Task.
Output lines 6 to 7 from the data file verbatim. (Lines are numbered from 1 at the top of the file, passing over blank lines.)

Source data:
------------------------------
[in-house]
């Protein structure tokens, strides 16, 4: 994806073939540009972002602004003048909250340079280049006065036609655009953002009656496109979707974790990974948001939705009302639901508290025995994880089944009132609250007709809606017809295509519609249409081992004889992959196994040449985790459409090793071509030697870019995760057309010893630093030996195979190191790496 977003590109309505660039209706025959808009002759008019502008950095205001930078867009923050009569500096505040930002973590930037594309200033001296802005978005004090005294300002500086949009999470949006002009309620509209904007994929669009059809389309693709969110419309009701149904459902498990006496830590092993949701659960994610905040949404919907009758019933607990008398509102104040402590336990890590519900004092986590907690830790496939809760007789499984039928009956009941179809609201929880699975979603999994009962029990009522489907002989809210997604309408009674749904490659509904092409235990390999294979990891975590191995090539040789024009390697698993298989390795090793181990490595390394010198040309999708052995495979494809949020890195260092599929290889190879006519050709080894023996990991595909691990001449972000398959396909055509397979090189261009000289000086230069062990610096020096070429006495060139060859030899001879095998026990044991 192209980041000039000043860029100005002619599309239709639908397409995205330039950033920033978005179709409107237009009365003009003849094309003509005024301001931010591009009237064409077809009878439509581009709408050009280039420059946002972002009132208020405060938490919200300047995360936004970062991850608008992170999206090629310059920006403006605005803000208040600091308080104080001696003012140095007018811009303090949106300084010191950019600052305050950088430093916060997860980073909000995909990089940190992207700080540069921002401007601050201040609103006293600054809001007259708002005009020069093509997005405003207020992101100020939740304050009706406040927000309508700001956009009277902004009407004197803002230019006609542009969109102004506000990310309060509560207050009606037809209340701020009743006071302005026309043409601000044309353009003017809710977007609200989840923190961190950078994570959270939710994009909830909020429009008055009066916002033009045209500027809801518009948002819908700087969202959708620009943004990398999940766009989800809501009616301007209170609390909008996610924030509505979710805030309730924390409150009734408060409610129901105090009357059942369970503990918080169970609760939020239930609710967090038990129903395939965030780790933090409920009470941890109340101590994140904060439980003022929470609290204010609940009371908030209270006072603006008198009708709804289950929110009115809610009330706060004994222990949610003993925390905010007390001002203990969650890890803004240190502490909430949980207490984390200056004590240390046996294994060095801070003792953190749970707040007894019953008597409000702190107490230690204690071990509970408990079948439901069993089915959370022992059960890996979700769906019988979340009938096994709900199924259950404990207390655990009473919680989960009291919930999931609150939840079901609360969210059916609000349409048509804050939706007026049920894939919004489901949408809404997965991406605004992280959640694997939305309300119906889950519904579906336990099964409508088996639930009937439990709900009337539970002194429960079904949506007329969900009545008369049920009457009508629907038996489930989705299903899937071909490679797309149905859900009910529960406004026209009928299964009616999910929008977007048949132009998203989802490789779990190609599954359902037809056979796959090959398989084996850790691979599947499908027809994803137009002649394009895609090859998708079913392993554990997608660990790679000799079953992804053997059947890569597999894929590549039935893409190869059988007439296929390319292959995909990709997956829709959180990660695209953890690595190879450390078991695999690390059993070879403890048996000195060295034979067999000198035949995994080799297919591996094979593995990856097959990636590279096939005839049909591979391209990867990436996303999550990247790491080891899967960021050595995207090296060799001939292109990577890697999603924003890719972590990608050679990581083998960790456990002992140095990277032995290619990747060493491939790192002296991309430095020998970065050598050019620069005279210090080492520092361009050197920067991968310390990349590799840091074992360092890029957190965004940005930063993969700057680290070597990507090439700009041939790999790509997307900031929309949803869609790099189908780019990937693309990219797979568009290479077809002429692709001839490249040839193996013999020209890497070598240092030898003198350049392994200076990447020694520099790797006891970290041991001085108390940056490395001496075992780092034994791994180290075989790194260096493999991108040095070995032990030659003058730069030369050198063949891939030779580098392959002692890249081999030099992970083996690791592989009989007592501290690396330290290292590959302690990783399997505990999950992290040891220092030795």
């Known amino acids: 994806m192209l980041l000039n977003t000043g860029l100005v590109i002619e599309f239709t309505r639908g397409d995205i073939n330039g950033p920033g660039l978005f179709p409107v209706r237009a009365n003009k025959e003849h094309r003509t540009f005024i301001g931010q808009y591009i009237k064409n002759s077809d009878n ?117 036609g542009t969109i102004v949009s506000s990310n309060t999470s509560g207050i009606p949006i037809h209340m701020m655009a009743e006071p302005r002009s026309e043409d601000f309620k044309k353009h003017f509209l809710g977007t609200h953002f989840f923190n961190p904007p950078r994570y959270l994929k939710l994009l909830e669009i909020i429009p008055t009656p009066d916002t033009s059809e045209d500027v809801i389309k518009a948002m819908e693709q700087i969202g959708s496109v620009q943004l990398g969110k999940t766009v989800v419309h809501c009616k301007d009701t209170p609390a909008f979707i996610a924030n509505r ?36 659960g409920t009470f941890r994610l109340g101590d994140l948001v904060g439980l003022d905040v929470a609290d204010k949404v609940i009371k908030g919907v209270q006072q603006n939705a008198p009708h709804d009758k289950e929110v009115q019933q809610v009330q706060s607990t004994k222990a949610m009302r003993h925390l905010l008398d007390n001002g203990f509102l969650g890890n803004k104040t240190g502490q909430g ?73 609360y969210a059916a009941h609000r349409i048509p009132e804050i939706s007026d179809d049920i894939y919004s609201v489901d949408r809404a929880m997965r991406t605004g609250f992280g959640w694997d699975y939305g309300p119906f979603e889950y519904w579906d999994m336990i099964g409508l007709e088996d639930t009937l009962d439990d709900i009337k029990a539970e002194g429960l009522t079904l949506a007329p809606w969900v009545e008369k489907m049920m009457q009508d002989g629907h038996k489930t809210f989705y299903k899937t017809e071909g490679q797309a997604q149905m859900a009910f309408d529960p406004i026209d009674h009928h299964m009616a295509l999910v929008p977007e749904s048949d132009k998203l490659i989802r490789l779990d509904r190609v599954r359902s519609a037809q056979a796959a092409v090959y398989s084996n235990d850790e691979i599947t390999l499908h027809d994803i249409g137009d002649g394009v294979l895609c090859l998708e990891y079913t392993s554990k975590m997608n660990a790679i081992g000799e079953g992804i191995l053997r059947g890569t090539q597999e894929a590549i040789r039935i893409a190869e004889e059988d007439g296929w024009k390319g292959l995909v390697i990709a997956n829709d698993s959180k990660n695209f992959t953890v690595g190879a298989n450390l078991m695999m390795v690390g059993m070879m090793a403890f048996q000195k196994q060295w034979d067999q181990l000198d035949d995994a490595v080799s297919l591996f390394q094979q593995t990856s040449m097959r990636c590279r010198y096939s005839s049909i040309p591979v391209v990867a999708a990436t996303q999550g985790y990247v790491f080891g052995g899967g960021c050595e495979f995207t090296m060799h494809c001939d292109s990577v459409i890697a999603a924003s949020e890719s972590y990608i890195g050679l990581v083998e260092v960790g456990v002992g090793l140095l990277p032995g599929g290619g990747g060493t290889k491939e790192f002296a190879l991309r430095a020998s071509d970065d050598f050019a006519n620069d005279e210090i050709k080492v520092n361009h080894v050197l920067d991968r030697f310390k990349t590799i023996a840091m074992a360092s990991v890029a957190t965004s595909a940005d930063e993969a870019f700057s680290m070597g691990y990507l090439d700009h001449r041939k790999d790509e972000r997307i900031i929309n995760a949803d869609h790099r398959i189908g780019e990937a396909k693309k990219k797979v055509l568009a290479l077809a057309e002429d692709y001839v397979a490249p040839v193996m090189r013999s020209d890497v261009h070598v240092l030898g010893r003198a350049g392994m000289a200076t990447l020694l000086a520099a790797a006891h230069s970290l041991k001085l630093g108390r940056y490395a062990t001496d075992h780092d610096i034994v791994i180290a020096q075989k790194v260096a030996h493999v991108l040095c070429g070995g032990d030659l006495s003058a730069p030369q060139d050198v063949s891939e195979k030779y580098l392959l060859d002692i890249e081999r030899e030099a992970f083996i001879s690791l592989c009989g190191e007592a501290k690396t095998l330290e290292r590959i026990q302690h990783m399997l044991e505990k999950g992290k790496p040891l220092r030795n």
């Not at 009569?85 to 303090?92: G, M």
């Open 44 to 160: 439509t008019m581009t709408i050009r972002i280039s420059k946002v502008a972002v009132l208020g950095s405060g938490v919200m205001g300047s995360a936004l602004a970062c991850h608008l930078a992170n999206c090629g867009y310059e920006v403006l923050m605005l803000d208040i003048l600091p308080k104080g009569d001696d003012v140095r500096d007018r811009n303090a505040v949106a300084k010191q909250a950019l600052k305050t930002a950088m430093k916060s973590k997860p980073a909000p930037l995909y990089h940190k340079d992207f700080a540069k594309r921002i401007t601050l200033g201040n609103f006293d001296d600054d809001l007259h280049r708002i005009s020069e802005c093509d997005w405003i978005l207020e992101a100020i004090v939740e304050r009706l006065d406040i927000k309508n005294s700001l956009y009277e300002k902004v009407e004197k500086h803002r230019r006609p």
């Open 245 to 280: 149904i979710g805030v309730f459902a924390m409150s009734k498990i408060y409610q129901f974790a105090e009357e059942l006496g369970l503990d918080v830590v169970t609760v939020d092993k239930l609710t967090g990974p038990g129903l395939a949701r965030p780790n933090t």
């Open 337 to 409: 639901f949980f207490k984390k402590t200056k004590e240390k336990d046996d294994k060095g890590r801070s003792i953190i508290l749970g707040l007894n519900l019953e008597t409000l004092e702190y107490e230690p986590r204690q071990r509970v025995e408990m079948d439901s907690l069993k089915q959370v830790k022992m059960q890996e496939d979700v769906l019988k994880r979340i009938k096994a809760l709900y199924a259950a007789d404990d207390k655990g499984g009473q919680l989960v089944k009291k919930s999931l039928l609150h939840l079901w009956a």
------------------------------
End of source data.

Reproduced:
């Open 245 to 280: 149904i979710g805030v309730f459902a924390m409150s009734k498990i408060y409610q129901f974790a105090e009357e059942l006496g369970l503990d918080v830590v169970t609760v939020d092993k239930l609710t967090g990974p038990g129903l395939a949701r965030p780790n933090t």
């Open 337 to 409: 639901f949980f207490k984390k402590t200056k004590e240390k336990d046996d294994k060095g890590r801070s003792i953190i508290l749970g707040l007894n519900l019953e008597t409000l004092e702190y107490e230690p986590r204690q071990r509970v025995e408990m079948d439901s907690l069993k089915q959370v830790k022992m059960q890996e496939d979700v769906l019988k994880r979340i009938k096994a809760l709900y199924a259950a007789d404990d207390k655990g499984g009473q919680l989960v089944k009291k919930s999931l039928l609150h939840l079901w009956a």